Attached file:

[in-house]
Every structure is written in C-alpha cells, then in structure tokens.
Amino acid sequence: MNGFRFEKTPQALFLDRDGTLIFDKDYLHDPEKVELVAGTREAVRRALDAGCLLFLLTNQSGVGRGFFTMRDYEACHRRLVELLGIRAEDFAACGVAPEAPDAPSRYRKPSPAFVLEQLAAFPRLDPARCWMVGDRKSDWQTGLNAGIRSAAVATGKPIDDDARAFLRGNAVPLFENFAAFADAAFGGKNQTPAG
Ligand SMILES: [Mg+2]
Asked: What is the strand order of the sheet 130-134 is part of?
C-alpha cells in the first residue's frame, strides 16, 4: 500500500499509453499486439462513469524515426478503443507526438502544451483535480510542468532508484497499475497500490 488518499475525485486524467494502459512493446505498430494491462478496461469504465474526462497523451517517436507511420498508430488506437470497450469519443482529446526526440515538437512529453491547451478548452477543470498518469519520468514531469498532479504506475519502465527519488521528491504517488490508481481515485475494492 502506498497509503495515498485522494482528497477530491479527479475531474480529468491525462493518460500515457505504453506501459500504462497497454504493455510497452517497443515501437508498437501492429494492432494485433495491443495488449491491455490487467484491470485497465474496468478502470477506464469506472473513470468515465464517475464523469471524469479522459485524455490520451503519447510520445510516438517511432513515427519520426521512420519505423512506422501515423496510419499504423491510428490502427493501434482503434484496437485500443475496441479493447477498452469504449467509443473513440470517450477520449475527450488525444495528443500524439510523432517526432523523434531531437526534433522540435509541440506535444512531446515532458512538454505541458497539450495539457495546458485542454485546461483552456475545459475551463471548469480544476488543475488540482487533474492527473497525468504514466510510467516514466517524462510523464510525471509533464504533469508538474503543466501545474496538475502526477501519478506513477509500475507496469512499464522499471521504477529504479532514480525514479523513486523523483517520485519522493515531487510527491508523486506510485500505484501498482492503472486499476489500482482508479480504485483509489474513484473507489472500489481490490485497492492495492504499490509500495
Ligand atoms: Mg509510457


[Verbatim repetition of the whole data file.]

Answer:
[in-house]
Every structure is written in C-alpha cells, then in structure tokens.
Amino acid sequence: MNGFRFEKTPQALFLDRDGTLIFDKDYLHDPEKVELVAGTREAVRRALDAGCLLFLLTNQSGVGRGFFTMRDYEACHRRLVELLGIRAEDFAACGVAPEAPDAPSRYRKPSPAFVLEQLAAFPRLDPARCWMVGDRKSDWQTGLNAGIRSAAVATGKPIDDDARAFLRGNAVPLFENFAAFADAAFGGKNQTPAG
Ligand SMILES: [Mg+2]
Asked: What is the strand order of the sheet 130-134 is part of?
C-alpha cells in the first residue's frame, strides 16, 4: 500500500499509453499486439462513469524515426478503443507526438502544451483535480510542468532508484497499475497500490 488518499475525485486524467494502459512493446505498430494491462478496461469504465474526462497523451517517436507511420498508430488506437470497450469519443482529446526526440515538437512529453491547451478548452477543470498518469519520468514531469498532479504506475519502465527519488521528491504517488490508481481515485475494492 502506498497509503495515498485522494482528497477530491479527479475531474480529468491525462493518460500515457505504453506501459500504462497497454504493455510497452517497443515501437508498437501492429494492432494485433495491443495488449491491455490487467484491470485497465474496468478502470477506464469506472473513470468515465464517475464523469471524469479522459485524455490520451503519447510520445510516438517511432513515427519520426521512420519505423512506422501515423496510419499504423491510428490502427493501434482503434484496437485500443475496441479493447477498452469504449467509443473513440470517450477520449475527450488525444495528443500524439510523432517526432523523434531531437526534433522540435509541440506535444512531446515532458512538454505541458497539450495539457495546458485542454485546461483552456475545459475551463471548469480544476488543475488540482487533474492527473497525468504514466510510467516514466517524462510523464510525471509533464504533469508538474503543466501545474496538475502526477501519478506513477509500475507496469512499464522499471521504477529504479532514480525514479523513486523523483517520485519522493515531487510527491508523486506510485500505484501498482492503472486499476489500482482508479480504485483509489474513484473507489472500489481490490485497492492495492504499490509500495
Ligand atoms: Mg509510457